Monday marks what would've been Adrian Jones' ninth birthday.
His grandmother, Judy Conway, believes Adrian would still be here if someone listened to him.
"He should've been taken out of that home the minute he voiced in his own words that he was being abused," Conway said.
Documents from Missouri Department of Social Services shows Adrian told a social worker two years before his death he was being abused. The documents show Adrian told a social worker his dad would kick and punch him. At one point, he even showed the worker marks on his wrists that he said were from being tied up with tape.
"He wanted someone to listen to him and he's surrounded by all these adults," Conway said. "It appears to me they made no attempt to take him out of the home."
Dianne Keech, a former deputy chief for social services in Kansas, has read through thousands of child abuse cases. Keech said MDSS failed Adrian at the agency's very first visit to the home.
"This child was at high risk for abuse and neglect and they did not offer services to the family," Keech said.
Keech reviewed Adrian's file, which is more than 400 pages long. The documents show a hotline call was placed to MDSS over concerns of abuse in 2012. Adrian told a worker who visited the home that his parents would lock him in his room. At that time, Adrian's father and stepmother denied the allegations. Since a lock was not found on the outside of the door, the claim was unsubstantiated. While the social worker marked Adrian as "high risk" for abuse, the case was closed.
Then, a couple months later, there was another call to the home. This time, Adrian reported the physical abuse. His social worker ordered a physical exam, which didn't show any signs of abuse.
Still, according to the report, the agency could not ensure Adrian's safety if left in the home.
MDSS sent a request to the juvenile office to see if it could take protective custody. That request was denied.
Keech said the juvenile office could not remove Adrian from the home due to a mistake made the first time MDSS visited with Adrian.
"Had they asked this family to participate in services, they would've been able to show they were providing reasonable efforts to keep the family together but they could not show that because they did not provide services," Keech said.
After the juvenile office denied MDSS's request for custody, social services created a safety plan for Adrian. However, the family stopped cooperating. Keech said that was another missed opportunity by the agency to remove Adrian from the home.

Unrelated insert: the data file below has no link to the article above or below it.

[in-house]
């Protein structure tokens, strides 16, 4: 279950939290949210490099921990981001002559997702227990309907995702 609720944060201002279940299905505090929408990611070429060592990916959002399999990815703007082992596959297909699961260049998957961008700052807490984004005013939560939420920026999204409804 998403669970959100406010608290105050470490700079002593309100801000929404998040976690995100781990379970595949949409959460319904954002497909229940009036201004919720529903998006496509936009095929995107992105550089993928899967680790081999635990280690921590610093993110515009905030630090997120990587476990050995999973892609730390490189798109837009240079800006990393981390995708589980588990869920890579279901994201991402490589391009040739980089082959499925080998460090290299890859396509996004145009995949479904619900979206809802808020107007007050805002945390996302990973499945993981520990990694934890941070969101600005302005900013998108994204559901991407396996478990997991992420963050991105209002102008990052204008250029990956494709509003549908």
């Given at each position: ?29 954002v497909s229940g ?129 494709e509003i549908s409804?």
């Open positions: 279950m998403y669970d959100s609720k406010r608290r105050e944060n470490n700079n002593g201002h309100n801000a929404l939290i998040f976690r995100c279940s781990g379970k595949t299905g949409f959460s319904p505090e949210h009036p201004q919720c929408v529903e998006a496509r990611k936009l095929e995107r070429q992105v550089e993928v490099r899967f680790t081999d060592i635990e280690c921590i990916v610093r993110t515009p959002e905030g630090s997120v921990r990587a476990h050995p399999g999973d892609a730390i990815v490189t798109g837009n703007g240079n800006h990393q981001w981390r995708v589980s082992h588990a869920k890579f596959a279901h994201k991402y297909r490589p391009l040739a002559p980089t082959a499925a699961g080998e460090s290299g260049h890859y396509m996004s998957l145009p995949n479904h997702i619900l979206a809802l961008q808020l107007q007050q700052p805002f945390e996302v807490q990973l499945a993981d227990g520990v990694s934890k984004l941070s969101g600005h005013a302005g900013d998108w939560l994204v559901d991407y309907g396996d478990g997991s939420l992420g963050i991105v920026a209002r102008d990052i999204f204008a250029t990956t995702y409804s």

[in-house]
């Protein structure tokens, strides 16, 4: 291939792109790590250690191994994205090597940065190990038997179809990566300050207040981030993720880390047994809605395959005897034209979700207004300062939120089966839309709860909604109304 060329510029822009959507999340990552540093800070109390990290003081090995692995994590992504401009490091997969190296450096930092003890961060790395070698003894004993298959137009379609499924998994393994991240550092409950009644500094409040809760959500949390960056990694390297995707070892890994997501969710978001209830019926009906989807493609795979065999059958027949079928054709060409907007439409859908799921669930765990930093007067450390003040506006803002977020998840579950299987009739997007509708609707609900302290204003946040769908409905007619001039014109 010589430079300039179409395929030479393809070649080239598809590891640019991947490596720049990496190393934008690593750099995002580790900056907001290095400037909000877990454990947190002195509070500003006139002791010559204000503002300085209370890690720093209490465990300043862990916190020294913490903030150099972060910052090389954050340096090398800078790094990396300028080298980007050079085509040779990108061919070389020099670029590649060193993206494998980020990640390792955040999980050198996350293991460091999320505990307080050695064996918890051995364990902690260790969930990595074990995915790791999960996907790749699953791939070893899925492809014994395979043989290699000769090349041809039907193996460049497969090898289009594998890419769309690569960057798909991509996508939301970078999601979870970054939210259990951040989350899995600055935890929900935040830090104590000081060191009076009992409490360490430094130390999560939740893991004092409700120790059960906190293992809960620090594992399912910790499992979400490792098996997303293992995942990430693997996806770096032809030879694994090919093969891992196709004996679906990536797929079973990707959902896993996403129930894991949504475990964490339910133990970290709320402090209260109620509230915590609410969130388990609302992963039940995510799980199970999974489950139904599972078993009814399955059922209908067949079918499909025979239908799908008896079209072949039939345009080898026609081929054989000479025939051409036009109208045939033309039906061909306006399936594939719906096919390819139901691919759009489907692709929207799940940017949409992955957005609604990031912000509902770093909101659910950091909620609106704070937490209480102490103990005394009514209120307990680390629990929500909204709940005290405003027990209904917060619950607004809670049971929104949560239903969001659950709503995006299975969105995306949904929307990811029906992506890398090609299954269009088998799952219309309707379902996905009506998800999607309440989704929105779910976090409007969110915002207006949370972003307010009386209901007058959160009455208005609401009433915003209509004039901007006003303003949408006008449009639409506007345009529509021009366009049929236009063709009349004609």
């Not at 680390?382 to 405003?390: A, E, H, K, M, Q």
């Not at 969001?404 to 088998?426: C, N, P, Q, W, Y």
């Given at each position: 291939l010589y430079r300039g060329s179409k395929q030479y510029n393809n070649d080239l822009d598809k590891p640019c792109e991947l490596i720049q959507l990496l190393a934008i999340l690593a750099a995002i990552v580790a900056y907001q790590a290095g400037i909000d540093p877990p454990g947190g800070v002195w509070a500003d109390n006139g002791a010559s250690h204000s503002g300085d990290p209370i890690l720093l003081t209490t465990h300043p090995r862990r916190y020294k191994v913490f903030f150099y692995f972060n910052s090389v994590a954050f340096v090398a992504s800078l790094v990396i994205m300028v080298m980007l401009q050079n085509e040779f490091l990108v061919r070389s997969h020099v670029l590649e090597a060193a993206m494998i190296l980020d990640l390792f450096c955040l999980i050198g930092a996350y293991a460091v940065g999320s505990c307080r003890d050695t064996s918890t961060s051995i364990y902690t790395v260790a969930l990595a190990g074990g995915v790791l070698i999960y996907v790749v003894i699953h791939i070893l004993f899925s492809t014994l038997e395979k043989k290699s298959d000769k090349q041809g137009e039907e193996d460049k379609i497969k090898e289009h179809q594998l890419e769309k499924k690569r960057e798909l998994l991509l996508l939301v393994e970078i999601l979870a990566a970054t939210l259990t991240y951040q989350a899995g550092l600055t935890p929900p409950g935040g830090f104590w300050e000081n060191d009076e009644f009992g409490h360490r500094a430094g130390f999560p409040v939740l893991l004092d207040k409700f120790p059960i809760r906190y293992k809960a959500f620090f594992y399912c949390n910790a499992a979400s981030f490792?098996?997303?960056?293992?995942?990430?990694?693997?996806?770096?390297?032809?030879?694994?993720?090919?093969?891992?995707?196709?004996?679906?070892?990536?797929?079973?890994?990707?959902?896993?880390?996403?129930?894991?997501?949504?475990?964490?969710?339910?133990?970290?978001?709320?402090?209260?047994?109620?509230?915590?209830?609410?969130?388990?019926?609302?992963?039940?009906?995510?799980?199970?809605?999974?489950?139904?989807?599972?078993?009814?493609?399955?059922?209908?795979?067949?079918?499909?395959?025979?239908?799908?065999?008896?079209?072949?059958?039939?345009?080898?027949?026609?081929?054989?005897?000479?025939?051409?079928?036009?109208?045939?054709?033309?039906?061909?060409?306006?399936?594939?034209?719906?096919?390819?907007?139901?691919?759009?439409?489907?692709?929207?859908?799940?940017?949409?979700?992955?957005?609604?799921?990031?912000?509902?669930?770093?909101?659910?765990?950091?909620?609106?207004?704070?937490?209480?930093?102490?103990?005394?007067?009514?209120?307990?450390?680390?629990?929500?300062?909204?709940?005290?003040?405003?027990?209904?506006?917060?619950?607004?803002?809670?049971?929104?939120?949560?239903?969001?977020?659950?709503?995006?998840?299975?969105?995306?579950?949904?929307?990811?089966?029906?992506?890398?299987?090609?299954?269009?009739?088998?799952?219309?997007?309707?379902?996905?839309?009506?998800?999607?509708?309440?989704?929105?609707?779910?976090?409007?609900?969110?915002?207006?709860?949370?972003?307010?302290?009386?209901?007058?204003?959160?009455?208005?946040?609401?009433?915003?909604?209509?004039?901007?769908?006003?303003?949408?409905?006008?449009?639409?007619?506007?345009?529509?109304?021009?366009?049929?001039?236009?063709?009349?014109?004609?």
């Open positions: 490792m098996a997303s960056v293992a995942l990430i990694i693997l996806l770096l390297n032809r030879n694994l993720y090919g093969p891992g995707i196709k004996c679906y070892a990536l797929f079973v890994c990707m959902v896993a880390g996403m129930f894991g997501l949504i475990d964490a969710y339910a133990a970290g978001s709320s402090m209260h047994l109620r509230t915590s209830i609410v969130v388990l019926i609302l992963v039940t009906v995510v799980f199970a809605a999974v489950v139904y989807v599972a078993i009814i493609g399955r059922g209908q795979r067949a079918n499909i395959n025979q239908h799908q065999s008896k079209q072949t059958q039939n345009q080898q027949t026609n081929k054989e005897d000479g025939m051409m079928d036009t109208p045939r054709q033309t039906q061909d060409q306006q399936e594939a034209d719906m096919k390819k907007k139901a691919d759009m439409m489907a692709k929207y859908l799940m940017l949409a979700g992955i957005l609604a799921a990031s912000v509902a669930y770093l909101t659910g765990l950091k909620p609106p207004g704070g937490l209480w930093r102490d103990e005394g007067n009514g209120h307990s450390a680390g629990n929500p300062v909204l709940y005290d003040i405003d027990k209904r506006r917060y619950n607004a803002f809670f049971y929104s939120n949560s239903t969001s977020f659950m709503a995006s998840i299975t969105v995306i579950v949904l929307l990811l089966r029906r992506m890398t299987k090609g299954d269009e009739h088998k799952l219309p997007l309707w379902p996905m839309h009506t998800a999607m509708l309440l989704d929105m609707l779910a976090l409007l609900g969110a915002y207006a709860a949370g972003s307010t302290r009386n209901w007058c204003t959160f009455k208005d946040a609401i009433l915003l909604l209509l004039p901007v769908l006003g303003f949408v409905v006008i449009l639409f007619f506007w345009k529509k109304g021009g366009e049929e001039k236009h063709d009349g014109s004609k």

"I believe it probably took that child a lot of courage to say he's being abused, especially when he's had to say it over and over again to people who are not listening to him and not believing him," Keech said.
Another red flag, according to Keech, was when a staff member for a psychiatric hospital reached out to social services saying Adrian had been dropped off and his parents never called or visited. Adrian's father and stepmother said the little boy scared them, that he threatened to harm them and his siblings.
"They [psychiatric hospital staff] did not see any of the out of control or disturbing behaviors that were reported by the parents," Keech noted about the documents. "To the contrary, their concerns were with the parents. He should never have gone home to his parents."
Keech said Adrian's life would have turned out much different if someone believed him.
"This child reported he was being punched and kicked and tied up and locked up and not fed," Keech said. "That's what they knew and no one believed him and that has to change."
Adrian's grandmother spent his birthday celebrating the good years she got to spend with him before the Jones's stopped allowing her to see the kids.
Conway also spent some time reading through Adrian's records. Like a movie she already knows the ending to, with each flip of a page, Conway hoped her grandson's life had a different ending.
"That any second they'd say, 'we're pulling him out of here, we're going to make sure this guy is safe,'" Conway said. "But, the movie didn’t play out how I wanted it to."
Since Thursday, the 41 Action News Investigators have placed multiple calls and emails to Rebecca Woelfel, spokesperson for Missouri Department of Social Services, requesting an interview with the department. No calls or emails have been returned.
Adrian's grandmother has started a memorial fund. The proceeds will also go towards a college fund for Adrian's siblings.